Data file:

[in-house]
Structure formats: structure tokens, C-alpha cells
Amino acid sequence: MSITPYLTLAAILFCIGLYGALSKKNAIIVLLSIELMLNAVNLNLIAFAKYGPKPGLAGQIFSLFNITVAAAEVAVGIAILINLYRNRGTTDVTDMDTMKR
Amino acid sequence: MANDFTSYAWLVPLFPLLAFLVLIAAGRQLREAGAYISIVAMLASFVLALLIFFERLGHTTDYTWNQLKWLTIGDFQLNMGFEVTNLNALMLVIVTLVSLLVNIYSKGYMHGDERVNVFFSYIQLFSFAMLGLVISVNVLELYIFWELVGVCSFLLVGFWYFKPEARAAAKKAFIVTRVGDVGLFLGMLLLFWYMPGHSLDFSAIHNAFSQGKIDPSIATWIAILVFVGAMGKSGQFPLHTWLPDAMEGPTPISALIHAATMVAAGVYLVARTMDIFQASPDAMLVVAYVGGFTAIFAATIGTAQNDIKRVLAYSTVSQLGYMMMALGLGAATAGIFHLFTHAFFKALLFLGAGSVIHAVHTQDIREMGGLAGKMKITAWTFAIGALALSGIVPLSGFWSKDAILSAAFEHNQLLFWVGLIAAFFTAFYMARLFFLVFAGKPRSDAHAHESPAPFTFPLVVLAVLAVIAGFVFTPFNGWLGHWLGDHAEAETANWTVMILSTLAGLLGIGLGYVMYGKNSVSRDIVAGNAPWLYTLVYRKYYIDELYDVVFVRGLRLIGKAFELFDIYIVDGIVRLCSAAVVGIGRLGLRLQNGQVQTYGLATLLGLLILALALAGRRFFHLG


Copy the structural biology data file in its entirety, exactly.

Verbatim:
[in-house]
Structure formats: structure tokens, C-alpha cells
Amino acid sequence: MSITPYLTLAAILFCIGLYGALSKKNAIIVLLSIELMLNAVNLNLIAFAKYGPKPGLAGQIFSLFNITVAAAEVAVGIAILINLYRNRGTTDVTDMDTMKR
Amino acid sequence: MANDFTSYAWLVPLFPLLAFLVLIAAGRQLREAGAYISIVAMLASFVLALLIFFERLGHTTDYTWNQLKWLTIGDFQLNMGFEVTNLNALMLVIVTLVSLLVNIYSKGYMHGDERVNVFFSYIQLFSFAMLGLVISVNVLELYIFWELVGVCSFLLVGFWYFKPEARAAAKKAFIVTRVGDVGLFLGMLLLFWYMPGHSLDFSAIHNAFSQGKIDPSIATWIAILVFVGAMGKSGQFPLHTWLPDAMEGPTPISALIHAATMVAAGVYLVARTMDIFQASPDAMLVVAYVGGFTAIFAATIGTAQNDIKRVLAYSTVSQLGYMMMALGLGAATAGIFHLFTHAFFKALLFLGAGSVIHAVHTQDIREMGGLAGKMKITAWTFAIGALALSGIVPLSGFWSKDAILSAAFEHNQLLFWVGLIAAFFTAFYMARLFFLVFAGKPRSDAHAHESPAPFTFPLVVLAVLAVIAGFVFTPFNGWLGHWLGDHAEAETANWTVMILSTLAGLLGIGLGYVMYGKNSVSRDIVAGNAPWLYTLVYRKYYIDELYDVVFVRGLRLIGKAFELFDIYIVDGIVRLCSAAVVGIGRLGLRLQNGQVQTYGLATLLGLLILALALAGRRFFHLG